How do we respond in a salvage scenario? I picked up a scenario of grounding at the Port of Hedland. The authorities of Pilbara in Australia requested a simulated salvage scenario.

What are the salvage concepts?

-The sequence of events

-The incident

-Grounding conditions

-Course of events

-The response

-Marine salvage engineering

The incident

A typical capsize bulk carrier departed the Port of Hedland on 6 January 2018 (the date is always important in an incident) bound for China with cargo of 203,032 mt of iron ore and 22 crew onboard. The ship ran aground just after the pilot disembarked by helicopter.

Grounding conditions

The rudder suddenly struck in position 20 degrees to starboard, the vessel’s speed was 12 knots at the time. They dropped the anchor, reduced to 5 knots and the vessel grounded shortly after.

Key steps in the initial phase of the response

Activation and contracting: This is information from the moment an owners activates a salvage company. First of all, the contract is between the owners themselves and the salvage company; there is no intermediary. Salvage companies are not accident investigators, they are casualty investigators. We need to know the facts in order to respond. So before we even do a remote assessment, we need to get information from owners. We don’t know the vessel. We don’t know why the incident happened, what happened; this is vital information owners/operators have to give us in advance, so we can evaluate the situation.

Remote assessment: There is no time to respond, so we usually contact the Master remotely by phone.

Mobilization of Advance Team and Onsite Assessments

Then if needed, we mobilize the DMD advanced team and we do a non-site assessment.

In a place like Australia, I would not have anybody there other than a remote assessor, a local assessor. We usually activate him in this location out of Perth. Perth is two hours by plane, three flights, one quantas, two virgin Australia flights. You understand that mobilization logistics in our operations is the most important aspect of it.

And then, deployment timelines. How fast can we get there? The sooner we get the better, the authorities feel better with us being there.

The operational methodology: Do we just refloat the vessel with tugs or do we go to more complicated scenarios?

The response on site is vital, especially if we need to have the control to manage the authorities’ expectation, you need experts to be on site. Based on the available data provided by shipowner, salvor will prepare the preliminary salvage plan remotely from base to shipowner/class approval, and follow up with submission to related authority – in this case, AMSA / Pilbara Port Authority - for approval.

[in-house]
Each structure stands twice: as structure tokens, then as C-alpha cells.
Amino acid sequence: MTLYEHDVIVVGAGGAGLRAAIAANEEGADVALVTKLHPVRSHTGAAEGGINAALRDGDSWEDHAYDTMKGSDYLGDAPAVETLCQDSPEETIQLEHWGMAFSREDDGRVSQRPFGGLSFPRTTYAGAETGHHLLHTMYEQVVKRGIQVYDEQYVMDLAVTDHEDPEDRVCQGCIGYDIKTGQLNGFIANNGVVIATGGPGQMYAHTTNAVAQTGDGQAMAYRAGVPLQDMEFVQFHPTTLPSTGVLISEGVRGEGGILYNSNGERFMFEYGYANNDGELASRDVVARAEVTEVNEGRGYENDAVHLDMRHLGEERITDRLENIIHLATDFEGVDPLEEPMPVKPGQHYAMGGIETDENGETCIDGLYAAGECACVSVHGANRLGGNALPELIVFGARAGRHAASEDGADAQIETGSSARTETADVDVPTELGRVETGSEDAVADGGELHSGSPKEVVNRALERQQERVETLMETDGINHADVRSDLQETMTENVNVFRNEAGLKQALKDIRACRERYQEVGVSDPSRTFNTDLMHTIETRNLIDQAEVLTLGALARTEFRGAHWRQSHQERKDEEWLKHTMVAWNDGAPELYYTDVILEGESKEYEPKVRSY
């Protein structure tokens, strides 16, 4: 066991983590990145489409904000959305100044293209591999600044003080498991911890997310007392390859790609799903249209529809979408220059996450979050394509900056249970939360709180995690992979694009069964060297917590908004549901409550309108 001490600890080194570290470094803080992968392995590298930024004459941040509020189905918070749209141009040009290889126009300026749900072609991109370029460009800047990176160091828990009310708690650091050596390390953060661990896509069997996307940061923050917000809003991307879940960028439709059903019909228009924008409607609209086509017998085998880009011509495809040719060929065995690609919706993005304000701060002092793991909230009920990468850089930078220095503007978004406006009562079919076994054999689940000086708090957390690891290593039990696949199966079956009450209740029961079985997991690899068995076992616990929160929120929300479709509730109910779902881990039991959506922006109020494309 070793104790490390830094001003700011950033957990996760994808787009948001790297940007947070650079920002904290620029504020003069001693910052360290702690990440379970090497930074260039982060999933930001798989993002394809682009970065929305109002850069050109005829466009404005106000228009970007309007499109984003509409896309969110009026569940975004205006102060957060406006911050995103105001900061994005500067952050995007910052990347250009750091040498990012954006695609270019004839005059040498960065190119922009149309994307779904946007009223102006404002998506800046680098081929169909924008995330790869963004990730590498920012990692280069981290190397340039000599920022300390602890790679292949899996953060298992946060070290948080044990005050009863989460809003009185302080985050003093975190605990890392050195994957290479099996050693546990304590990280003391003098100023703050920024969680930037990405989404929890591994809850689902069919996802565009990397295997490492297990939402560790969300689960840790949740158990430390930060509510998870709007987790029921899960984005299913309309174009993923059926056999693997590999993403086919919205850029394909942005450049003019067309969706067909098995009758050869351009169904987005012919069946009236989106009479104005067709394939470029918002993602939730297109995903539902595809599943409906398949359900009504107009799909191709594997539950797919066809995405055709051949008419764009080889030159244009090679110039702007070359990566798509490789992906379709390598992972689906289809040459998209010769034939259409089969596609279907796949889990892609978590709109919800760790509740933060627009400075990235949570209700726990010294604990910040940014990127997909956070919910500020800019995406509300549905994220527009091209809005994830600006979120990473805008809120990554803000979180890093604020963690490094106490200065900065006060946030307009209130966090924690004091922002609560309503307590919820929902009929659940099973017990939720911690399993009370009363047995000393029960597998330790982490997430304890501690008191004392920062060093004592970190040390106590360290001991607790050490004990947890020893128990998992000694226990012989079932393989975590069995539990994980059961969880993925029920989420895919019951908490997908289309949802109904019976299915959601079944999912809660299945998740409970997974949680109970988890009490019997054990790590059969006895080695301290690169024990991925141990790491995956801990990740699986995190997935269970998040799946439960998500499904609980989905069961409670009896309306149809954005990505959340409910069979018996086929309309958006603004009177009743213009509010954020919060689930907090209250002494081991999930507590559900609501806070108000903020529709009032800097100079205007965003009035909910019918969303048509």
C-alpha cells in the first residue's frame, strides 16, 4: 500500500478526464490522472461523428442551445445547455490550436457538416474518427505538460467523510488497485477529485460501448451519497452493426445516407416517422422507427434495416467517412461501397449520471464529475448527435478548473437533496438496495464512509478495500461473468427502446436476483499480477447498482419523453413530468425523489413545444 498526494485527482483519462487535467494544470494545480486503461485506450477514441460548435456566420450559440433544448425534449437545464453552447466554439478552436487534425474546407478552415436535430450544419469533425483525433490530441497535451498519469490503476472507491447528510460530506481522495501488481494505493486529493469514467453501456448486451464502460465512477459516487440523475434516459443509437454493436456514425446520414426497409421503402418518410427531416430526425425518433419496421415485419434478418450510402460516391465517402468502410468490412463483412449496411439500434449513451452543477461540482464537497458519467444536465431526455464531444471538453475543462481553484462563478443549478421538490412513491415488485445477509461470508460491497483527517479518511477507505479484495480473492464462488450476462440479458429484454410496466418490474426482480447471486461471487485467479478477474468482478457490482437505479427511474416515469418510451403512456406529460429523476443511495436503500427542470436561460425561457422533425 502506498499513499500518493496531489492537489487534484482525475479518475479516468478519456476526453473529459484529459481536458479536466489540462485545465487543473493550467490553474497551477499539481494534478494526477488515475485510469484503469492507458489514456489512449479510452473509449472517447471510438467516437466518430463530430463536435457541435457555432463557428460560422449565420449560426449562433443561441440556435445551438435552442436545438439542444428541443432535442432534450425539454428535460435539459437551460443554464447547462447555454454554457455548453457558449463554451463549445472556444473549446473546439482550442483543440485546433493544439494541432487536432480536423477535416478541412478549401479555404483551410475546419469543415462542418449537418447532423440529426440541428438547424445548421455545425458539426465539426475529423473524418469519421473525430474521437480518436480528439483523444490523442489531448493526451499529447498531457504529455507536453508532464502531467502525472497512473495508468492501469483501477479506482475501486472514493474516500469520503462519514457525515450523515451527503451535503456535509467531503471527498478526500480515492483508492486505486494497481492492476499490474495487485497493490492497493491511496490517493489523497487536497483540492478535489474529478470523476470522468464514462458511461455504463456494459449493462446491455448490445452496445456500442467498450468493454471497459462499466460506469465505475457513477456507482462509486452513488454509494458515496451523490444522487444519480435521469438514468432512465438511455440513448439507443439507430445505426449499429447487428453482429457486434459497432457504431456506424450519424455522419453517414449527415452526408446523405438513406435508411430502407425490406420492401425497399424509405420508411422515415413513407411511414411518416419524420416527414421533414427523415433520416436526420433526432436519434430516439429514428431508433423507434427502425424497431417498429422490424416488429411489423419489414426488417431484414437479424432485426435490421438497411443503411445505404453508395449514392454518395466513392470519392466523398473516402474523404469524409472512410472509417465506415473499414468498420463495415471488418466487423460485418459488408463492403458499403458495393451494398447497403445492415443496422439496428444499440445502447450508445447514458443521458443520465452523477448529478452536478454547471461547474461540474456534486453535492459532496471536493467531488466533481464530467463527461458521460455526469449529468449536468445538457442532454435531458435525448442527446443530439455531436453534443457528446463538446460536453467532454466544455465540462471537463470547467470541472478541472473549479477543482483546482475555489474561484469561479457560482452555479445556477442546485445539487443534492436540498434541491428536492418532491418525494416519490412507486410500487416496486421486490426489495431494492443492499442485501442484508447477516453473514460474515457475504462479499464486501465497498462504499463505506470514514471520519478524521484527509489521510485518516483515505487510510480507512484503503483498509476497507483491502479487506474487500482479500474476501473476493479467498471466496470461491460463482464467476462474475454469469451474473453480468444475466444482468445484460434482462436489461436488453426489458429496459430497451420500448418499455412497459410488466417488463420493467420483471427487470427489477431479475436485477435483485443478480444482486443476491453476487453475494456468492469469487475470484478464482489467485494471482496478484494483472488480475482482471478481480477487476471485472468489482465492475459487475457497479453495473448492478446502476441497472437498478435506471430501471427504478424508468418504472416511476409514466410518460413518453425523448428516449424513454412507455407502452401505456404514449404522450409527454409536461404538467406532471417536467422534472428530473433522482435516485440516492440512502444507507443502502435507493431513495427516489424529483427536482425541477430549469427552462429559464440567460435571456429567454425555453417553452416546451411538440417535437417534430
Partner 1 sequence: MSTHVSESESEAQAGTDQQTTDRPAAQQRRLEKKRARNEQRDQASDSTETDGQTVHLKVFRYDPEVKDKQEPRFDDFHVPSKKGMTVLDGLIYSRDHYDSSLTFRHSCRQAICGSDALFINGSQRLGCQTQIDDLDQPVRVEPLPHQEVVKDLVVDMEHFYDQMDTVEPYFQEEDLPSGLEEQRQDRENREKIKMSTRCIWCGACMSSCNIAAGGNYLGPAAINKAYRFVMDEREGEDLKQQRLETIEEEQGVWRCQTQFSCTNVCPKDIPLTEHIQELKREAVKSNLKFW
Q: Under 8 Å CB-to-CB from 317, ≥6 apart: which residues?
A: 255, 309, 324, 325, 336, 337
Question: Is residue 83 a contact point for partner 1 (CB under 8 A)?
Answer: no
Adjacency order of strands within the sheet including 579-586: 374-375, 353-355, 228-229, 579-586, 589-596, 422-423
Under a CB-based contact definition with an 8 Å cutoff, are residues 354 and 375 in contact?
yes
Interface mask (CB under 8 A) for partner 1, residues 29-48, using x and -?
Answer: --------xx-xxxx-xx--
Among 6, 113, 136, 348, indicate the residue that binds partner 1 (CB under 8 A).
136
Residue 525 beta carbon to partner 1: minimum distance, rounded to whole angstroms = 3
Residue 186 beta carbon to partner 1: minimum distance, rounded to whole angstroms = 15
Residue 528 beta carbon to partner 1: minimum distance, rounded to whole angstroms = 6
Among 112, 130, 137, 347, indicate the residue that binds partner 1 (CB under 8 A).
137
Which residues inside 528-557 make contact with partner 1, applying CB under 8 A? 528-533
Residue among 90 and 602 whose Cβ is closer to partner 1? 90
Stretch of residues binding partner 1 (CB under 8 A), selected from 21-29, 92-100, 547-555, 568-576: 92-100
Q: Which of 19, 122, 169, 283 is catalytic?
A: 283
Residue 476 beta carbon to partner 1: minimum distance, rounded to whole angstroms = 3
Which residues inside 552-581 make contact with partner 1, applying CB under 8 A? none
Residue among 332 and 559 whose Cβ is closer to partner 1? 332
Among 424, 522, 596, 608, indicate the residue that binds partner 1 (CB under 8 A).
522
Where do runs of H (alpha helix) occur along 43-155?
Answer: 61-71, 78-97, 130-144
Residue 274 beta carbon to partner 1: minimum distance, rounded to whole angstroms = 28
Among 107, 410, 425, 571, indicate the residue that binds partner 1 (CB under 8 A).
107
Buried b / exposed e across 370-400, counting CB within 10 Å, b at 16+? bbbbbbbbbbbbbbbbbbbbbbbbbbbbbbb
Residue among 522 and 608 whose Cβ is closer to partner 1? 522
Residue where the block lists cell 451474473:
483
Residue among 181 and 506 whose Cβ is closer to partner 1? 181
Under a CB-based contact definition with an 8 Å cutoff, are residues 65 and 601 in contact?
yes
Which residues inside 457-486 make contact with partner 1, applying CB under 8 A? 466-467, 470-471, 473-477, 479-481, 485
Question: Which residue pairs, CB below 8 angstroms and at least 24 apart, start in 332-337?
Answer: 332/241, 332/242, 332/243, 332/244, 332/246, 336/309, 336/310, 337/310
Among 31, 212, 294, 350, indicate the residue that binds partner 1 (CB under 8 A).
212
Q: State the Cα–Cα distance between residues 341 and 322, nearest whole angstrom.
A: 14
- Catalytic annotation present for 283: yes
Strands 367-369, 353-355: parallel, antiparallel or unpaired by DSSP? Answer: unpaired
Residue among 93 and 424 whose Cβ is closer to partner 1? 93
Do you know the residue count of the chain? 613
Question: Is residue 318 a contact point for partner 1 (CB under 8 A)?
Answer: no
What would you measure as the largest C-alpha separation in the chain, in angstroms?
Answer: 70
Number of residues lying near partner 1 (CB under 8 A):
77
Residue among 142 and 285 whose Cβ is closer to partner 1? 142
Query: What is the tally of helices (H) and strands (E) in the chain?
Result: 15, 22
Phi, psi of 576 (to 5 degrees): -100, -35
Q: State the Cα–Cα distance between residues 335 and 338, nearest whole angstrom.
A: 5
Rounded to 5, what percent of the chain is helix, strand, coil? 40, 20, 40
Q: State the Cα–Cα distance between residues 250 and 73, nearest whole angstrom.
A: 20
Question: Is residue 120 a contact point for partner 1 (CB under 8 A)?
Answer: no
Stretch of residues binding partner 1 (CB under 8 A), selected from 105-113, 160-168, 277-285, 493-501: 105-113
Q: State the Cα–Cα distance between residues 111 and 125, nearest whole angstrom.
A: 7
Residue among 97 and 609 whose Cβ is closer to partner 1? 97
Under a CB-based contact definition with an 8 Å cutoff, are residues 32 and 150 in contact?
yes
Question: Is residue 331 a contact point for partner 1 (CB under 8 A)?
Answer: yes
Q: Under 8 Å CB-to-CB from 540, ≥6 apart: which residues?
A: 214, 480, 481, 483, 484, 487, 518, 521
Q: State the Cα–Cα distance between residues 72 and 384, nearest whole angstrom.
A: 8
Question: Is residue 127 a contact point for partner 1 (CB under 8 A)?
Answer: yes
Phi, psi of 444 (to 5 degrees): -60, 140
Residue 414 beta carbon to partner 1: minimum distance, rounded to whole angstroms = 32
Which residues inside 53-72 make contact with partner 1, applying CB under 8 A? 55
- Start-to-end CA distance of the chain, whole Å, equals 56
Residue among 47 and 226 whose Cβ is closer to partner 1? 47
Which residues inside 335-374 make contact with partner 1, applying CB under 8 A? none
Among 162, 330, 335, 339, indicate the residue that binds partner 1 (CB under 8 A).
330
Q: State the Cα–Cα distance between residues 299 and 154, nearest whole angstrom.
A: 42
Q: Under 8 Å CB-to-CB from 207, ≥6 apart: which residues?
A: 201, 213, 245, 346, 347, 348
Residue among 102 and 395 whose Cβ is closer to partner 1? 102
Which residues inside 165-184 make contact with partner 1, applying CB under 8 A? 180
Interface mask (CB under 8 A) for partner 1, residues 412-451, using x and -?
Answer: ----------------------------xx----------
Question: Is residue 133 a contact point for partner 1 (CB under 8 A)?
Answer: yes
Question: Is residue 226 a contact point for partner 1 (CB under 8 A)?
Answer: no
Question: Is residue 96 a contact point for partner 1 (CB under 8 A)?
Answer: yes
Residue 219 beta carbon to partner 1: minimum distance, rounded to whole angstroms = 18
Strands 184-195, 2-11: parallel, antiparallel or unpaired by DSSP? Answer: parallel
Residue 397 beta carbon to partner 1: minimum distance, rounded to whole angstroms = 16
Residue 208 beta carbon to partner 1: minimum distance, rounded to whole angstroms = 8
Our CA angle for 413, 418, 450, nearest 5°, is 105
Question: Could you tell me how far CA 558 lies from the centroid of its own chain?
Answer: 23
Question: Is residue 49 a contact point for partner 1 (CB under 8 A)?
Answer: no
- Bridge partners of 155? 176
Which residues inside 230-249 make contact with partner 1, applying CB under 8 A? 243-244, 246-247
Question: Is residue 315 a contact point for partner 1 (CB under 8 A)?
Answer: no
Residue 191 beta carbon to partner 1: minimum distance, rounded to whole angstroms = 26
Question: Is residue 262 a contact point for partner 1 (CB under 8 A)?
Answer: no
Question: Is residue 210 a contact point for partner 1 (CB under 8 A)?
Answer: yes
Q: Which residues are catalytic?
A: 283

The salvage plan: The salvage plan is the next step, after we make all the evaluation. In the specific case, a decision was made to blow down the tanks, to minimize the damage to the vessel. Everything is verified with vessel’s class. In particular, during the site investigation and findings, we anticipated variations to the initial plans/solutions. To ensure we do not miss any opportunity to salve the vessel, we derived a methodology by pressurising the breached compartments in order to carry out the refloat attempt at high water within the shortest time frame available after grounding incident, as the tide was expected to start falling from 9 January 2018.

Part of the salvage plan is what we are going to do after the vessel is refloated, which anchorage we are going to take it to, where the underwater inspection will take place. Yes, we need tugs, but salvage companies are not tugboat owners.

The salvage engineering: If there is need for lightering plan, salvage naval architects will work together with the classification society to verify all numbers. To verify an owners/ operator that what we are doing is right, there are several software in place, for instance HECSALV is one of it which usually calculates the outflow analysis, the grounding analysis with the GHS software, all the engineering working cooperation with the class and all the records for the actions taken.

Now the big question: How much?

$1.00 for turning the screw;

$9,999.00 for knowing which screw to turn.

Above text is an edited version of Mr. Psyllos’ presentation during the 2019 SAFETY4SEA Athens Forum.

You may view his presentation herebelow.


The views presented hereabove are only those of the author and not necessarily those of  SAFETY4SEA and are for information sharing and discussion purposes only.

About Elias Psyllos, Vice President Commercial and Risk Management, T&T Salvage 

Elias Psyllos is the Vice President of the Commercial and Risk Management Department of T&T Salvage based in Houston Texas. He is responsible for commercial, legal, and technical support to daily global company operations. He supports business development and client relationship management activities. He also oversees internal insurance and risk management matters to include policy management and claims reporting and acts as Project Manager on company operations. Prior experience includes 15 years as a Risk Manager for a London-Greek Shipowning Group. He was overall responsible for the Group’s Marine Insurance and claims. For 4 years he served as a member of the Group’s Marine Operations Team, actively involved in the management of Oil Tanker and Bulk Carrier fleets.